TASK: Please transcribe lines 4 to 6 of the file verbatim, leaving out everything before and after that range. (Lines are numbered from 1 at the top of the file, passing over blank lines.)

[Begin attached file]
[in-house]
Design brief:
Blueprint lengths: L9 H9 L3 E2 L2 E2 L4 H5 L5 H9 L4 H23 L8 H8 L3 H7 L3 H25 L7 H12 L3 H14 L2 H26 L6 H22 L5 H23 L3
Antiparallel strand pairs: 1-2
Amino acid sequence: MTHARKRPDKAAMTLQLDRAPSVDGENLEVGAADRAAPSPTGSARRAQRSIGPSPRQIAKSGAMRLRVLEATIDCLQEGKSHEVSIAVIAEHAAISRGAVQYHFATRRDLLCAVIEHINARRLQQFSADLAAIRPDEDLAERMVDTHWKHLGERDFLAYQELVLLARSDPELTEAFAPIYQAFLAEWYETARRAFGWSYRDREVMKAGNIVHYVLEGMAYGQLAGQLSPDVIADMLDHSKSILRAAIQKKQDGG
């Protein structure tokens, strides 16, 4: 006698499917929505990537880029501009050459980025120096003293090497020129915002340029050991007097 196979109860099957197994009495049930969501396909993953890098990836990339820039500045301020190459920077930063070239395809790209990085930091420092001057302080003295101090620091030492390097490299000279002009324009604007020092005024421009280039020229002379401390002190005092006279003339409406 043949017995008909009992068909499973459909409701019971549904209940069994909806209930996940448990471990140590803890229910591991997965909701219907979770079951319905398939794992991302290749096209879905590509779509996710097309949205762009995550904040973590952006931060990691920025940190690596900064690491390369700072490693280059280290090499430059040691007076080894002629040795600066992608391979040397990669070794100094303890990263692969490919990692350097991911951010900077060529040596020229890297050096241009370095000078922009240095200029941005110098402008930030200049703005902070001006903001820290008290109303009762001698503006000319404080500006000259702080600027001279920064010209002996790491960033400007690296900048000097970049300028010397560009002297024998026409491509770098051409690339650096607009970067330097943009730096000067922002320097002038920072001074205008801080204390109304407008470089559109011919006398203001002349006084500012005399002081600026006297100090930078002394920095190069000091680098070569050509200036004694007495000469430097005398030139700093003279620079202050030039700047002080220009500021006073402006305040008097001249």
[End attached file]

Antiparallel strand pairs: 1-2
Amino acid sequence: MTHARKRPDKAAMTLQLDRAPSVDGENLEVGAADRAAPSPTGSARRAQRSIGPSPRQIAKSGAMRLRVLEATIDCLQEGKSHEVSIAVIAEHAAISRGAVQYHFATRRDLLCAVIEHINARRLQQFSADLAAIRPDEDLAERMVDTHWKHLGERDFLAYQELVLLARSDPELTEAFAPIYQAFLAEWYETARRAFGWSYRDREVMKAGNIVHYVLEGMAYGQLAGQLSPDVIADMLDHSKSILRAAIQKKQDGG
């Protein structure tokens, strides 16, 4: 006698499917929505990537880029501009050459980025120096003293090497020129915002340029050991007097 196979109860099957197994009495049930969501396909993953890098990836990339820039500045301020190459920077930063070239395809790209990085930091420092001057302080003295101090620091030492390097490299000279002009324009604007020092005024421009280039020229002379401390002190005092006279003339409406 043949017995008909009992068909499973459909409701019971549904209940069994909806209930996940448990471990140590803890229910591991997965909701219907979770079951319905398939794992991302290749096209879905590509779509996710097309949205762009995550904040973590952006931060990691920025940190690596900064690491390369700072490693280059280290090499430059040691007076080894002629040795600066992608391979040397990669070794100094303890990263692969490919990692350097991911951010900077060529040596020229890297050096241009370095000078922009240095200029941005110098402008930030200049703005902070001006903001820290008290109303009762001698503006000319404080500006000259702080600027001279920064010209002996790491960033400007690296900048000097970049300028010397560009002297024998026409491509770098051409690339650096607009970067330097943009730096000067922002320097002038920072001074205008801080204390109304407008470089559109011919006398203001002349006084500012005399002081600026006297100090930078002394920095190069000091680098070569050509200036004694007495000469430097005398030139700093003279620079202050030039700047002080220009500021006073402006305040008097001249």